A Male with Acute Renal Failure and Widespread Lymphadenopathy

Author: Joshua Schwimmer, M.D., FACP, FASN
Reviewer: V. Dimov, M.D.

A 65-year-old man with previously normal renal function had a few days of poor appetite and is found to have a creatinine of 4 mg/dL and widespreadlymphadenopathy suspicious for lymphoma or leukemia.

Urinalysis shows no proteinuria or hematuria. His renal function worsens despite intravenous fluids.

What are the top four possible causes of his kidney failure?
1. Acute tubular necrosis due to decreased intake
2. Urinary tract obstruction due to retroperitoneal lymphadenopathy
3. Lymphomatous infiltration of the kidneys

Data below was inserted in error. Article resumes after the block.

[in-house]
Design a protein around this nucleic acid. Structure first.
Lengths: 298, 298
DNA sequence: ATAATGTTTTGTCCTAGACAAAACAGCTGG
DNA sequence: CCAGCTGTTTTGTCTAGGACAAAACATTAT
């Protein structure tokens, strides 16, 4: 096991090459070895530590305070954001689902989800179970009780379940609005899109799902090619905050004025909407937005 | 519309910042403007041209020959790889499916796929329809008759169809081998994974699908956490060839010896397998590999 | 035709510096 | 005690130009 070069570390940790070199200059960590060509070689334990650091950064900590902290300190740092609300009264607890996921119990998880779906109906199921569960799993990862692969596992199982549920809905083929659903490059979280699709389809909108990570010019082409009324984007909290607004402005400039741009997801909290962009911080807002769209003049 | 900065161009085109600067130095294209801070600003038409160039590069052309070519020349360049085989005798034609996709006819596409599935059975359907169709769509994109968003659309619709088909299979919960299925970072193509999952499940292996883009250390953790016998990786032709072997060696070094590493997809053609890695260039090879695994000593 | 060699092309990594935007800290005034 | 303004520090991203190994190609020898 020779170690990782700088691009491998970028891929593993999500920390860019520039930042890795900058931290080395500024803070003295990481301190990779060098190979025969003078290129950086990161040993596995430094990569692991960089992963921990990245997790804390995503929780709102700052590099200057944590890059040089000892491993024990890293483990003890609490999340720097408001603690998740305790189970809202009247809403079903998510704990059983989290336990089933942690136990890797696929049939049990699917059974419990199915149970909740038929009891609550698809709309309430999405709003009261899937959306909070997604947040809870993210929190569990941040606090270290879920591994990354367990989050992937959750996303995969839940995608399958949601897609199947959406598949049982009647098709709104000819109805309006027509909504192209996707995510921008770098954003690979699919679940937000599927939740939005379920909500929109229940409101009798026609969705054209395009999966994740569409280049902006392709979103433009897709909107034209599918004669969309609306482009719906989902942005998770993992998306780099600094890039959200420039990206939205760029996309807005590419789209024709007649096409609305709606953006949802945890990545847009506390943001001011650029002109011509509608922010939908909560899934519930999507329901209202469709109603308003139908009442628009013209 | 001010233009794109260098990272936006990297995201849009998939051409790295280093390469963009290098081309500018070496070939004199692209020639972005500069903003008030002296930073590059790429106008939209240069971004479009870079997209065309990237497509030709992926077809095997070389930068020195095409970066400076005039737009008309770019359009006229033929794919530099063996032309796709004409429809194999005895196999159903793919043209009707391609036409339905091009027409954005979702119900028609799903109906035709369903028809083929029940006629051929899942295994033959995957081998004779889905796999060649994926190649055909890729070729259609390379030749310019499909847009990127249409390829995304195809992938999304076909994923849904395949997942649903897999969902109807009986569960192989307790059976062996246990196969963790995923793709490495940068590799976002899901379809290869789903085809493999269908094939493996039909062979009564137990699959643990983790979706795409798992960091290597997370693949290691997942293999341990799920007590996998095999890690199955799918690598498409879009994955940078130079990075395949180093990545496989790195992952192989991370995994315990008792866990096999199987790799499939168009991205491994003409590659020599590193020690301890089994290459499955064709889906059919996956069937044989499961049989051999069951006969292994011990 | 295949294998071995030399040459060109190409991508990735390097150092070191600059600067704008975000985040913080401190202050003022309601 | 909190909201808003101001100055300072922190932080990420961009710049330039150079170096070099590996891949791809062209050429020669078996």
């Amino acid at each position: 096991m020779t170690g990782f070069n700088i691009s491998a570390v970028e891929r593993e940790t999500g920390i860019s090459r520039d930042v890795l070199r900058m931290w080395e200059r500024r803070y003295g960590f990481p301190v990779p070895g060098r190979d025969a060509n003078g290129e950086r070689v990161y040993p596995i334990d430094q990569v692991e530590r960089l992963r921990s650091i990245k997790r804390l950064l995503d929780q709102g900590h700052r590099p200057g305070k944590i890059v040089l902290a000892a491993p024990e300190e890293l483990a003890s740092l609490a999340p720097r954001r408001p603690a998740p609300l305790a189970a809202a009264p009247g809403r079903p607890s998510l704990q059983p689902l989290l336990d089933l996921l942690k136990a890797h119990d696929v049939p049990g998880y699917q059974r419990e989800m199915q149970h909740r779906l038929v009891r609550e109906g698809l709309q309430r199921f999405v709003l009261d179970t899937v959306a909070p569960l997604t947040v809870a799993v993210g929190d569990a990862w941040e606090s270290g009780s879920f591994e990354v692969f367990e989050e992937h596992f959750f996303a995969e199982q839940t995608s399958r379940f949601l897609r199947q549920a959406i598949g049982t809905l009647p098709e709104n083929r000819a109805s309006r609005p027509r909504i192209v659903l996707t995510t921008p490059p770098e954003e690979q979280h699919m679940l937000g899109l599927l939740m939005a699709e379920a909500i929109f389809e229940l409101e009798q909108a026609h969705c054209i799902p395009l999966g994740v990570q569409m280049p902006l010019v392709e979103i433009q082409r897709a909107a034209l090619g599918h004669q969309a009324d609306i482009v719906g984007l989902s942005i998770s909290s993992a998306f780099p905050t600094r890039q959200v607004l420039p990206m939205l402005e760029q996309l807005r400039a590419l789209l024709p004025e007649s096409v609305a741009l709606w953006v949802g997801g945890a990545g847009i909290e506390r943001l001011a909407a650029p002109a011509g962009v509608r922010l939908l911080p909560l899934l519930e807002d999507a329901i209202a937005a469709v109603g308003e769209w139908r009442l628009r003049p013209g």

4. Spontaneous tumor lysis syndrome and uric acid nephropathy

Answer: (highlight the line below with the mouse to see the answer)
4. Spontaneous tumor lysis syndrome and uric acid nephropathy.

His uric acid was 20, and he responded well to rasburicase. There was not any hematuria or proteinuria, which reduces the likelihood of other causes, like bilateral renal vein thrombosis and minimal change disease with acute renal failure.

Published: 11/01/2006
Updated: 11/18/2008

1 comment:

  1. Why couldn't it be obstructive? You certainly wouldn't see any hematuria or proteinuria, and it could be partial (enough to cause renal disfunction without complete anuria)...

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